You continue to fail to deal with the fact that this is not an ordinary demand issue, as would exist with something intrinsically desirable. Even as a threat it has no certain consequence for a given individual, and given our cultural love affair with risk, the obvious consequence should be apparent even to you.

    Quote Originally Posted by celticlord View Post
    Actually, perfect knowledge of the costs of care would only be scary in a "sticker shock" manner. Fear is primarily a response to an unknown/unknowable phenomenon. Very little that is well known is much feared.
    Exactly, you agree, but then force yourself into the wrong conclusion again because, as before, you ignore the differences in the psychology between car-buying and medical care. Even if you discount the vanity aspect of car-buying, and focus purely on the necessity of it, the consequences of not having a car for a commuter are much more obvious than skipping medical check-ups. I know of no vanity, no social appeal, of having essential medical care, either. So the market is very different for a good chunk of the population.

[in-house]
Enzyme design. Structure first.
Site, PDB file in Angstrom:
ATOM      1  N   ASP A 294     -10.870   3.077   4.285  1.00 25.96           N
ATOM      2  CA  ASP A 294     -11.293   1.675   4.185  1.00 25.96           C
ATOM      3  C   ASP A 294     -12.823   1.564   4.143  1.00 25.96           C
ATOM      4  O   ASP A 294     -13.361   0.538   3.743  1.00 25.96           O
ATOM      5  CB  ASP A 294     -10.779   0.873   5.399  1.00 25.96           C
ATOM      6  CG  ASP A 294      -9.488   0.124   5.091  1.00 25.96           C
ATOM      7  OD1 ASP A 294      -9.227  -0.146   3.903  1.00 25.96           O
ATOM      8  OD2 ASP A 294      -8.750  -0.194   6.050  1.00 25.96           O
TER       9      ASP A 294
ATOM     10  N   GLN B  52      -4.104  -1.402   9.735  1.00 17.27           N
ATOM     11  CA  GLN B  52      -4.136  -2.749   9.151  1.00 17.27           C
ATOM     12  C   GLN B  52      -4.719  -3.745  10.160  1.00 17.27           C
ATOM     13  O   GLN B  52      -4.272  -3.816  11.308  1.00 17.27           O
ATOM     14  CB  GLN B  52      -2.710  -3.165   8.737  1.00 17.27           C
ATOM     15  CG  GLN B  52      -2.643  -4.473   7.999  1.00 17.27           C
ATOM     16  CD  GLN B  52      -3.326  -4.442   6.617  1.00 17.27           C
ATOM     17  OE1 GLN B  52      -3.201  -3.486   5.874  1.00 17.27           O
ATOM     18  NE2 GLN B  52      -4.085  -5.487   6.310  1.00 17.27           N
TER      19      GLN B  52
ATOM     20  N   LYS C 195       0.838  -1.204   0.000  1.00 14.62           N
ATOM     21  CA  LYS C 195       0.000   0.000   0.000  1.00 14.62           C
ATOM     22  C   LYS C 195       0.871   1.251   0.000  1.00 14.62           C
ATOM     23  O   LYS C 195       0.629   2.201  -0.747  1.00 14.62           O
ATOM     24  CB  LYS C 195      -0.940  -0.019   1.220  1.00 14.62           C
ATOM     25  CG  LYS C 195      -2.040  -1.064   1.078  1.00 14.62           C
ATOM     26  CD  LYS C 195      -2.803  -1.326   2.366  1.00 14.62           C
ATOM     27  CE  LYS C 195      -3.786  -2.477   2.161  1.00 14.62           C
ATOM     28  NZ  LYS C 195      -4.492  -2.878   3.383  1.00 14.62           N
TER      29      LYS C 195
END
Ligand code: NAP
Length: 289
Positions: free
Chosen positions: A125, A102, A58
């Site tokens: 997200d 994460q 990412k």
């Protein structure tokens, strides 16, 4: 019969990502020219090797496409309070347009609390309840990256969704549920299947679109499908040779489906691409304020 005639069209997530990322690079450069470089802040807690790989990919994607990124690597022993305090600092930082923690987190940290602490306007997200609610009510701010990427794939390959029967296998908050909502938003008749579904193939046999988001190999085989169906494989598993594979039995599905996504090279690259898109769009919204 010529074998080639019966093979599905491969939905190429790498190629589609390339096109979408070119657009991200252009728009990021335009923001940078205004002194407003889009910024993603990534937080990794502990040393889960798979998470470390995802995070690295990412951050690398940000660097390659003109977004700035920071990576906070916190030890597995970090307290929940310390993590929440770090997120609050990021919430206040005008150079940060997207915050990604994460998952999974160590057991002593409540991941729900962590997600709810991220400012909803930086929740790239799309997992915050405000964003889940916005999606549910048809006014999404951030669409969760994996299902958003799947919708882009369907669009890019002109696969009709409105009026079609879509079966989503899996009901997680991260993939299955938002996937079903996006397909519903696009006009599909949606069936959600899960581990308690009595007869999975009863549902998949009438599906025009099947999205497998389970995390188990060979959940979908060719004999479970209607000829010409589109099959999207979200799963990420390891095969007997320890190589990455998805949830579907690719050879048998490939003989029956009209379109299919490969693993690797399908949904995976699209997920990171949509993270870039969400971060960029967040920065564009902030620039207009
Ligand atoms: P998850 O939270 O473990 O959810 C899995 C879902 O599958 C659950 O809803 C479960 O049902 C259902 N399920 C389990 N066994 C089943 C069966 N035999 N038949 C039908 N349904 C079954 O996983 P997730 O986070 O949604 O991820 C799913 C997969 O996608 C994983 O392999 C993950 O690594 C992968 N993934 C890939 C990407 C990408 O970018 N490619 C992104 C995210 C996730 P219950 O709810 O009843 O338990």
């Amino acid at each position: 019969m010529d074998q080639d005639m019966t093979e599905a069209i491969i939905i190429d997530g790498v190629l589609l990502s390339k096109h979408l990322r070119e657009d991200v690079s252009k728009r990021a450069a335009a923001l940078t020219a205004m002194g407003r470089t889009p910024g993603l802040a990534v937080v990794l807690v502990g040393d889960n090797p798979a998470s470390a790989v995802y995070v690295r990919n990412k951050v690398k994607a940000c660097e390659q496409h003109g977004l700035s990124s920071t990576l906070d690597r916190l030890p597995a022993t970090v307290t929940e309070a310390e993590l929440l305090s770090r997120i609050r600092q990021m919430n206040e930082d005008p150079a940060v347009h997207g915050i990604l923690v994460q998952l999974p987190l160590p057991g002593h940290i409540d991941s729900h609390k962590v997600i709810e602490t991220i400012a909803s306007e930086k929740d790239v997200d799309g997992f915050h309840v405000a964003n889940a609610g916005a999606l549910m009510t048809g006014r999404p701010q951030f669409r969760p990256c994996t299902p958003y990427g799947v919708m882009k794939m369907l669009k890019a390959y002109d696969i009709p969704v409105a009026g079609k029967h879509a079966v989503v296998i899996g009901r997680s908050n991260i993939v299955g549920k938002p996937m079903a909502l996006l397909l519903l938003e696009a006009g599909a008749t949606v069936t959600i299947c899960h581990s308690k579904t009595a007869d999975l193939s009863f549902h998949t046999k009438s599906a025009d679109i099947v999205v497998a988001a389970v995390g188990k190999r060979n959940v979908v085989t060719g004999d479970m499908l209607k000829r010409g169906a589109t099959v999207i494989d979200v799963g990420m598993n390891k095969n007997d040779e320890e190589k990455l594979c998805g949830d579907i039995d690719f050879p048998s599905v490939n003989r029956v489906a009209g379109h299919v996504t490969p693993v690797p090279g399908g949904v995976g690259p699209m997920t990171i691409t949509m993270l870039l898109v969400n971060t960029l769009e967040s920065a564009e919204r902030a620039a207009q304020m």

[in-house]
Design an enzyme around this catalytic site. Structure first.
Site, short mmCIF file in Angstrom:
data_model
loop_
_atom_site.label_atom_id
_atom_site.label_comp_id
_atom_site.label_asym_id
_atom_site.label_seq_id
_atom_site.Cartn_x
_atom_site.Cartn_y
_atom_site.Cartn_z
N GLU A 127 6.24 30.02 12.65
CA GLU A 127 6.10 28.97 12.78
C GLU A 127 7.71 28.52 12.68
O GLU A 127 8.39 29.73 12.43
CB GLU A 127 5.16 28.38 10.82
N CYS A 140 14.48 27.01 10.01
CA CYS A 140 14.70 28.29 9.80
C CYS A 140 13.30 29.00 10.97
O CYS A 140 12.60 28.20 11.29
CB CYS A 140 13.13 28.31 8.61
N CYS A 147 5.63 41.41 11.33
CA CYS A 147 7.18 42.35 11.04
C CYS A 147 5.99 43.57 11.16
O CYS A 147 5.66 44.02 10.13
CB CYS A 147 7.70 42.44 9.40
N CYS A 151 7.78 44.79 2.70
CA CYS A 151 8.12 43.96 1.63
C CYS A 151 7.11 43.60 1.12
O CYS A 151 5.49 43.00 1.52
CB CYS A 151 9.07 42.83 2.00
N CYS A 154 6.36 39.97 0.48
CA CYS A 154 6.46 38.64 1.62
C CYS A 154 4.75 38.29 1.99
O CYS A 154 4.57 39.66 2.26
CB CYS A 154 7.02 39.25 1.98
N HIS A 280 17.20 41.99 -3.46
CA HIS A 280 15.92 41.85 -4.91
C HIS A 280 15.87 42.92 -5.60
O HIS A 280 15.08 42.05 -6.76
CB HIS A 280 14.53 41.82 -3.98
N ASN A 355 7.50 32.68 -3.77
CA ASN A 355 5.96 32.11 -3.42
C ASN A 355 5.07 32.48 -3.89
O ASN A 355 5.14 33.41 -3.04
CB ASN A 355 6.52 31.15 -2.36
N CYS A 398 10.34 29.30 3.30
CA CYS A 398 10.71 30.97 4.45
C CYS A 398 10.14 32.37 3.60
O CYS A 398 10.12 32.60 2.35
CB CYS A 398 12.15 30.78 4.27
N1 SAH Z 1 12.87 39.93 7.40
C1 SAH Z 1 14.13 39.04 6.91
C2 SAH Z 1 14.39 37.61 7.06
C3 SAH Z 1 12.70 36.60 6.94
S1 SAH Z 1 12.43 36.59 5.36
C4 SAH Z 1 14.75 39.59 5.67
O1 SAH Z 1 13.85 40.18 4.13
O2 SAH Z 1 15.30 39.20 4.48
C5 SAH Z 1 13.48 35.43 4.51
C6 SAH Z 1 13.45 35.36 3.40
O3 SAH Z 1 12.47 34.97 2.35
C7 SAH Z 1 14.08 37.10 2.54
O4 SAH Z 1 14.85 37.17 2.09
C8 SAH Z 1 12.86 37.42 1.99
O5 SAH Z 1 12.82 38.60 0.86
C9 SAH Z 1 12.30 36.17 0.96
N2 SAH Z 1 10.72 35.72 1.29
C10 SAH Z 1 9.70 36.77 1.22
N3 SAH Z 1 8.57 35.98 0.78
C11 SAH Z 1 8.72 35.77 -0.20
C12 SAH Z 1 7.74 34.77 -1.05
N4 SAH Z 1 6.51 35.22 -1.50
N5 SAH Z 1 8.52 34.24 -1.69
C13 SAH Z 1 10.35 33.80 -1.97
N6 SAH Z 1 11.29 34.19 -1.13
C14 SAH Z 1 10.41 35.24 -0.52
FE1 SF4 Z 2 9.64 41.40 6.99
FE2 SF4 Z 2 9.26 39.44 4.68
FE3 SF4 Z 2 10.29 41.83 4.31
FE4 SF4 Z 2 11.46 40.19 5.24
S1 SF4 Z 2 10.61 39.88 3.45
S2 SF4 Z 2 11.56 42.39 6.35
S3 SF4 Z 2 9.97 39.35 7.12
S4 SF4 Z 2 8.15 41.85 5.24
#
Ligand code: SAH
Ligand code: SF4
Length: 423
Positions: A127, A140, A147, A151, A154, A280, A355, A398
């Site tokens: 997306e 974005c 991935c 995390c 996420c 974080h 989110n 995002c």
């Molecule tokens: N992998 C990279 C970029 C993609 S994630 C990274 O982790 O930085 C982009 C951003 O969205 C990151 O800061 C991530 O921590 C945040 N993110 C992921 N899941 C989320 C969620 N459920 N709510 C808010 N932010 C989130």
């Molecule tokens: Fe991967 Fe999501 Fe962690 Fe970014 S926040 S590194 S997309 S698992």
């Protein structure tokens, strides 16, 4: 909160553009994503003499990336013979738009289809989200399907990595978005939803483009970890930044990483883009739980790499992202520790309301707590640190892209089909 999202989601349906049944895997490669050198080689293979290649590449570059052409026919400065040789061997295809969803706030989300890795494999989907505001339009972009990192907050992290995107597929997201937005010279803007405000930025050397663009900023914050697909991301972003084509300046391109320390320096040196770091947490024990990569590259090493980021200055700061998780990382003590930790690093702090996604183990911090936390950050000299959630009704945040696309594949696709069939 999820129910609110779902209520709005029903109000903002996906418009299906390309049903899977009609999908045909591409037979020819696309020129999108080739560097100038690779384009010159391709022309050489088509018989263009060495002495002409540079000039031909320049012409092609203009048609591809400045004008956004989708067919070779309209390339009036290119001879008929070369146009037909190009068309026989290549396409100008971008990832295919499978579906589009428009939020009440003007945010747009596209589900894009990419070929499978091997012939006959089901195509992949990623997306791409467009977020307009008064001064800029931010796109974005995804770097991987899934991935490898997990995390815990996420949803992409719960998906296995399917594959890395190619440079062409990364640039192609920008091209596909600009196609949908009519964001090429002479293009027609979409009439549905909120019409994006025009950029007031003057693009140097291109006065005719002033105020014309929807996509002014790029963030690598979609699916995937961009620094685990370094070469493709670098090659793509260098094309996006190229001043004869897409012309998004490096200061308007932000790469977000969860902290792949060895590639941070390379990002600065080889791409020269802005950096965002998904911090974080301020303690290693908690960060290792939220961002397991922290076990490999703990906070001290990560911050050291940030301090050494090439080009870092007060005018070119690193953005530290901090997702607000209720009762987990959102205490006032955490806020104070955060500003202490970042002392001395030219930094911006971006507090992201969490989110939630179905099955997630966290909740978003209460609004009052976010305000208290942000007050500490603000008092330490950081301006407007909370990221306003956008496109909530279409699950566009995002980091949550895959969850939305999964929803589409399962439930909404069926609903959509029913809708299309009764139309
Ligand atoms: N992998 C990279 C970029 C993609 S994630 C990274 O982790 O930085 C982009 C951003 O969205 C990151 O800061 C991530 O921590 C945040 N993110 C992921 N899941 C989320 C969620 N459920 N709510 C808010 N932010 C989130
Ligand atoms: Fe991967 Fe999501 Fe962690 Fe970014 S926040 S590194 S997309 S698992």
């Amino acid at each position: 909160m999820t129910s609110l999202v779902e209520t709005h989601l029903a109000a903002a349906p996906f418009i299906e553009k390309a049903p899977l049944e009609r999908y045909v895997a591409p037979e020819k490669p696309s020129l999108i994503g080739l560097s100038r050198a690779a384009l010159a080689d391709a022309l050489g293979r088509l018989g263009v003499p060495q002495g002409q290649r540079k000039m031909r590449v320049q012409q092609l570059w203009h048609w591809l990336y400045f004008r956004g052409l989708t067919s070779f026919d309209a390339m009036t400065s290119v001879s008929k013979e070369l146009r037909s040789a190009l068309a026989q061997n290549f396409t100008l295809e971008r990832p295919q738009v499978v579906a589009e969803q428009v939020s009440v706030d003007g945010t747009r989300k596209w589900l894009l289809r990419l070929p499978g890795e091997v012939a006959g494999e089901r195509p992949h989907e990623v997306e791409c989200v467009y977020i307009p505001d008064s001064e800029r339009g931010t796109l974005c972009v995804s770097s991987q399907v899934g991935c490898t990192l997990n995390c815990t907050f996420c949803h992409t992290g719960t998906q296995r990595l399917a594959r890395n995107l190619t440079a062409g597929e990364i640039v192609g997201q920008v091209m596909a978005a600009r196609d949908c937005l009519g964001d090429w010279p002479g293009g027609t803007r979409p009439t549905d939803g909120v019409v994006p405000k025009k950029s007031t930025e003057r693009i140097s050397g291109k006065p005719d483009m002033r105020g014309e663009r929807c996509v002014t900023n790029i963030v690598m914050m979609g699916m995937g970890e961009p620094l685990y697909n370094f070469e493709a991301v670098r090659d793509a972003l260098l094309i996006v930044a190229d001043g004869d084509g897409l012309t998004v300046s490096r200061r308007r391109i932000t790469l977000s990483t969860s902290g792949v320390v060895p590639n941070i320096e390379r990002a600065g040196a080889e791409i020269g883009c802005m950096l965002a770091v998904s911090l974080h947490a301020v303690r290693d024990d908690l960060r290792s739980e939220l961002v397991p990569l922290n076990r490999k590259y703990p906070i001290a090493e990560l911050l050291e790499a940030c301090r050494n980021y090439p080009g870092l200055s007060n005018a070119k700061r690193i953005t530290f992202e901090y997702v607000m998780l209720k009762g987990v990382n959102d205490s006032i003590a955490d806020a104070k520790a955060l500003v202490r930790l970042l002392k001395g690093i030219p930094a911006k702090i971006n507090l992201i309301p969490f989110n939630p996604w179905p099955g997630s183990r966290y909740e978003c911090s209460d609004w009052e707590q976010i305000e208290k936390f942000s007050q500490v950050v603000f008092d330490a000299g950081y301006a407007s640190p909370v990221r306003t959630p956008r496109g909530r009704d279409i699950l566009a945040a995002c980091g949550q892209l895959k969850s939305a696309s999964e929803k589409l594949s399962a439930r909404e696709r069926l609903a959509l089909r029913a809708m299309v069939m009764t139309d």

There is even an occurence of ideology-based refusal of medical care also, often publicized in the media, - clear cases in which a person would live with treatment and quickly die without, so the extent to which people will sometimes go to avoid reasonable care clearly extends beyond financial reason. Obviously, few people are that irrational, but not everyone has to be that extreme to be unconsciously pulled into similar self-deluding rationales and avoidance behaviors. Almost anything can and will be used by some people to avoid care, so the only way to mitigate that is to remove those excuses at the point of decision.